One more thing you might be wondering about. What about milk, babies consume while young? Where does it go? The esophageal grooves allows milk to bypass the rumen which is the first chamber and directly deposits it into the abomasum, the last chamber. Hence, why we elevate the head a bit and stretch out the neck lightly when we bottle feed. As kids, goats, calves, and sheep begin to nibble on solids, usually the end of the first week, the first chambers begin to develop.

So if you are wondering what to feed your ruminant, forage, forage, forage and go easy on the grain and commercial feeds.








2 thoughts on “Why Goats and Sheep have a Four Chambered Stomach

  1. Valerie

    I have been trying to do research on how to feed livestock without stores. I found a great source of information for rabbits and will implement that when we get set up for rabbits. My biggest concern is goats. Hopefully, they are in our future. But we only have 2 acres right now and most of that is wooded. I will be relying heavily on buying hay. I have also been concerned about needing supplement of copper etc. I just don’t know enough about goats yet. Lol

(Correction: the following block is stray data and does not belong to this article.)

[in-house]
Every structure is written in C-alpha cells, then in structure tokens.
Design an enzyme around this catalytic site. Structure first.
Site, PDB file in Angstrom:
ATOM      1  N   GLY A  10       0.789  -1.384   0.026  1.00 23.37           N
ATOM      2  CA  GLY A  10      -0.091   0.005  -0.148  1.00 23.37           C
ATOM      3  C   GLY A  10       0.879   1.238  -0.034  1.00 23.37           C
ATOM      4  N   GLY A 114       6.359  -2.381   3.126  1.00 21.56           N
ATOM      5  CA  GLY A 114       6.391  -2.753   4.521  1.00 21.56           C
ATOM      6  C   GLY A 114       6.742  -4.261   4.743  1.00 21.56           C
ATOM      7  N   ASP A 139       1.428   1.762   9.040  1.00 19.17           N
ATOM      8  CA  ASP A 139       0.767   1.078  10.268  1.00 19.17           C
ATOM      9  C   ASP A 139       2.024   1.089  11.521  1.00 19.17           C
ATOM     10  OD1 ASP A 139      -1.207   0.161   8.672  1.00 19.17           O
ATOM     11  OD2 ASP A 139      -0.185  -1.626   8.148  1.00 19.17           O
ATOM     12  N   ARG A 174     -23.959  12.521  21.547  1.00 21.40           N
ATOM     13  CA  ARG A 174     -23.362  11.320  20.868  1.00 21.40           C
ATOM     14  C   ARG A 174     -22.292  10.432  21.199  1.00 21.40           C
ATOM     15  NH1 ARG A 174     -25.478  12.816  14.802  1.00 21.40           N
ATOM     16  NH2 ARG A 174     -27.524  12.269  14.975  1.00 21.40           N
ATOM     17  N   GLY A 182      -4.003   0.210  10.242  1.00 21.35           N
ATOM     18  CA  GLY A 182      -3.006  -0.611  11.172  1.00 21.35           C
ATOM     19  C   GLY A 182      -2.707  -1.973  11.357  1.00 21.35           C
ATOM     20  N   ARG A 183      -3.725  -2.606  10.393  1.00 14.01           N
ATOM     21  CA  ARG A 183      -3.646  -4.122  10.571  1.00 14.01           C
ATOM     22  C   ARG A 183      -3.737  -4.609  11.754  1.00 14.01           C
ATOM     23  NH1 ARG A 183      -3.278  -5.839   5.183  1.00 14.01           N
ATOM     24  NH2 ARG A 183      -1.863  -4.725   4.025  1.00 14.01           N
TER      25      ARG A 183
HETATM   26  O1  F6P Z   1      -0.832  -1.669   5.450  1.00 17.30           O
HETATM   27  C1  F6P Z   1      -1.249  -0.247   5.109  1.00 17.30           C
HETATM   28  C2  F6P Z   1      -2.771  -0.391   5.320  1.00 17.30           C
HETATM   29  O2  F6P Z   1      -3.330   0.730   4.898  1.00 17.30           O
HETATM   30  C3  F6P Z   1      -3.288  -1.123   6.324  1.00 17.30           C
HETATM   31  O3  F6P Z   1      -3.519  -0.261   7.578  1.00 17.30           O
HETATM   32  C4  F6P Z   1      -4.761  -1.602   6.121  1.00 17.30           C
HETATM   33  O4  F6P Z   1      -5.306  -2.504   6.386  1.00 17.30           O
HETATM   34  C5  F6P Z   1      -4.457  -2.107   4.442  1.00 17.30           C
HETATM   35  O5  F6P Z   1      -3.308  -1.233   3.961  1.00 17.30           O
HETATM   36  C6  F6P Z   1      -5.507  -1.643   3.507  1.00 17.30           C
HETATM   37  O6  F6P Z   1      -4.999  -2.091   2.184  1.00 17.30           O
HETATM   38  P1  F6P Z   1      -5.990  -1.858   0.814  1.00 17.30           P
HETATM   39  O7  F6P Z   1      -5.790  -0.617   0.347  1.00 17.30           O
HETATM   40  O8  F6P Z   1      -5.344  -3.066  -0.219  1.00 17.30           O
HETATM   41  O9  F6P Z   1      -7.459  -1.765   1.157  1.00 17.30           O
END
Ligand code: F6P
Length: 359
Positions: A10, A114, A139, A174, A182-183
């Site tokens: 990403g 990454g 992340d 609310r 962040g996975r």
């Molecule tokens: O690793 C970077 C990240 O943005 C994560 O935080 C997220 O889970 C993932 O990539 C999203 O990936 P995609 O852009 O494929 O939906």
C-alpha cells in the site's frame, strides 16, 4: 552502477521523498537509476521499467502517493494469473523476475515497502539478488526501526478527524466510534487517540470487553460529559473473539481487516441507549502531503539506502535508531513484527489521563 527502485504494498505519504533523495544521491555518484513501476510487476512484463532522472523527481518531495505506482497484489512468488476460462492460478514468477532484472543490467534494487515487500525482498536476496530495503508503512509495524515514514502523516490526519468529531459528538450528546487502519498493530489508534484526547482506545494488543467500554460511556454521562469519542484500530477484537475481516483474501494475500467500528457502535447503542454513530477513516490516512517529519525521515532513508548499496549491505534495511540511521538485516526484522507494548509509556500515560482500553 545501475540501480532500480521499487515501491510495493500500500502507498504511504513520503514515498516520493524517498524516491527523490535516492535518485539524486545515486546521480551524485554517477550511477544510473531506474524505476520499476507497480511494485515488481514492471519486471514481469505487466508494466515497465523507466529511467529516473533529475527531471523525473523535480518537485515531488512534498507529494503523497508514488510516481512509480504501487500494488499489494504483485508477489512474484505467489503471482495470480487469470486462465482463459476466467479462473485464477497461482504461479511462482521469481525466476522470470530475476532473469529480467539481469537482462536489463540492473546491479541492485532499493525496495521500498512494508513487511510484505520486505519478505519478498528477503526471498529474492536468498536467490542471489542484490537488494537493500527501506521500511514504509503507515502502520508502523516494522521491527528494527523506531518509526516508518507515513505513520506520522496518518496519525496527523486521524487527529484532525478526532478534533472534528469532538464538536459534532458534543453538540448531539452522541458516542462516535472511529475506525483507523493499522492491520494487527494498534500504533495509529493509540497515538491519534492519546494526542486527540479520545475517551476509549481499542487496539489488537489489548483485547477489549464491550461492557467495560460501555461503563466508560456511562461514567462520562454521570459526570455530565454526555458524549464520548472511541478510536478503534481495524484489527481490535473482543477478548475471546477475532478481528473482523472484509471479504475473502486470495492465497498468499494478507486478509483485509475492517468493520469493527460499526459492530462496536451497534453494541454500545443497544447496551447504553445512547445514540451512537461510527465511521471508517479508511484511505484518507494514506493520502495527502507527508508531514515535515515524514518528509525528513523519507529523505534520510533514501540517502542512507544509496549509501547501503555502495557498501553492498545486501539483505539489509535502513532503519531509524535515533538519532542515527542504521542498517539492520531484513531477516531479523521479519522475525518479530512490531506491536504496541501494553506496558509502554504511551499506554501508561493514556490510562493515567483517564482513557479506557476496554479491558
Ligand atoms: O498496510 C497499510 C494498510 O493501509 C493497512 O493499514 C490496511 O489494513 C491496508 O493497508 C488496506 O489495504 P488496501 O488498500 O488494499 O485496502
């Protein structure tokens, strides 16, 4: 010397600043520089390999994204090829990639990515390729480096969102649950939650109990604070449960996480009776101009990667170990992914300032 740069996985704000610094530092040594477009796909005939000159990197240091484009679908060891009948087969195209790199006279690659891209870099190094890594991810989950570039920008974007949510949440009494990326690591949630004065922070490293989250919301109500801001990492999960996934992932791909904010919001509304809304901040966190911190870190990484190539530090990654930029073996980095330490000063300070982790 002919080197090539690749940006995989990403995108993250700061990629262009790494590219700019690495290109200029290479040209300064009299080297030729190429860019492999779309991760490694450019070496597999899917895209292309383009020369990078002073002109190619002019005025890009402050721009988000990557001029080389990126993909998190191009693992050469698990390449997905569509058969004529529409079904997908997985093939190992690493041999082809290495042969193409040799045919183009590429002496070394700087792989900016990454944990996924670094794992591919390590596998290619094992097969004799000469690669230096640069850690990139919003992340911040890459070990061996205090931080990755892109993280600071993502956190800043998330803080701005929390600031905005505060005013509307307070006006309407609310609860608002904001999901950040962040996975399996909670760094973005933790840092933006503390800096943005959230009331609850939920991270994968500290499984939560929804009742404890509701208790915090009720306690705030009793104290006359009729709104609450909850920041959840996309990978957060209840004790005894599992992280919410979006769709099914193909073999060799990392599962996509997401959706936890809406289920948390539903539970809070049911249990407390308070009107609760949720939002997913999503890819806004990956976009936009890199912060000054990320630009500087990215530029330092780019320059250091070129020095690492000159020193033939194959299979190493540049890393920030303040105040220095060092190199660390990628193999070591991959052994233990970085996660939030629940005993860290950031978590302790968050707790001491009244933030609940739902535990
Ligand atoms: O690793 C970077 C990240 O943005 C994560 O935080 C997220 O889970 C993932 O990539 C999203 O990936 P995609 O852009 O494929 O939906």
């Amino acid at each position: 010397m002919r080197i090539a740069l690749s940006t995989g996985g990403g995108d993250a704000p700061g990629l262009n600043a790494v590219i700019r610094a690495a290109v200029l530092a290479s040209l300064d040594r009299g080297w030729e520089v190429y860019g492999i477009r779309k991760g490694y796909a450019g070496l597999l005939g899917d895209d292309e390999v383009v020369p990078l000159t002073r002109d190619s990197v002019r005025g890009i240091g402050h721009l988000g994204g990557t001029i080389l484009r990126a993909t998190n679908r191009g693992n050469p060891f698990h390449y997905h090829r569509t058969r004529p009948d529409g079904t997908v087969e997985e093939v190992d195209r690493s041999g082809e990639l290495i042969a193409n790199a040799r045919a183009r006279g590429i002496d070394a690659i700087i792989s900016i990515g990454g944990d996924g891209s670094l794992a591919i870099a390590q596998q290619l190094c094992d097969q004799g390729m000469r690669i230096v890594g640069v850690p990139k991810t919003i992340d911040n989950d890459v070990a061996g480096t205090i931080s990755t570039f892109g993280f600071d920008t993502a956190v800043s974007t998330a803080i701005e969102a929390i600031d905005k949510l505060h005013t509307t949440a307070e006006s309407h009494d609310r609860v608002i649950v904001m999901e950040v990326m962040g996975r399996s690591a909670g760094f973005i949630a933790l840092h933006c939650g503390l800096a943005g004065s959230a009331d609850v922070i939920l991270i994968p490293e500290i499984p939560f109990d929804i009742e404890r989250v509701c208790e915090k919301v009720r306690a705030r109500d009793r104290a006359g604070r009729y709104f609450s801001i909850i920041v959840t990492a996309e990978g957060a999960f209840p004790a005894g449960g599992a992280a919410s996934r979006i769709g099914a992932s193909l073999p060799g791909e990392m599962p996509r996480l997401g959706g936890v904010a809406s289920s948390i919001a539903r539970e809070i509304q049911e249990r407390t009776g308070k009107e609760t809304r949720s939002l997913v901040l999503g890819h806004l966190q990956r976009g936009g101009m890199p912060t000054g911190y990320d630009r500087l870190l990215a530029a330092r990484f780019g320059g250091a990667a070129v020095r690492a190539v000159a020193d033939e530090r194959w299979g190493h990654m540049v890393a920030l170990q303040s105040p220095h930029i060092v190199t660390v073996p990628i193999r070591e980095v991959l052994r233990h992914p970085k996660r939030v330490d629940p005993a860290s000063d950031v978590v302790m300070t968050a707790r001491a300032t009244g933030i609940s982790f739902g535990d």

1. I see no way to completely remove oneself from the feed store. Loose Salt/copper/mineral is a must and I buy it loose instead of a block form which works best for goats. Some may be able to keep their goats on pasture all year but that is not the case with us as we get buried in snow. That makes hay a must. We can figure out ways to waste less hay, use less grain, and not have to buy as much bedding for the stalls. Those areas we have cut greatly on. Interestingly enough, our goats are healthier than ever and huge in size. It is a process, so don’t get discouraged if when you get goats it doesn’t come together all at once. You may figure it out and your goat’s digestive system not be able to adjust. We have a 9 year old we bought at 6 who was off the show circuit and she can not switch fully. She just can’t digest pasture and has to be hayed. Her offspring though are doing well. In part because of a sheep raised to survive without any supplement but salt has taken to teaching them. Wishing you the best when the adventure begins.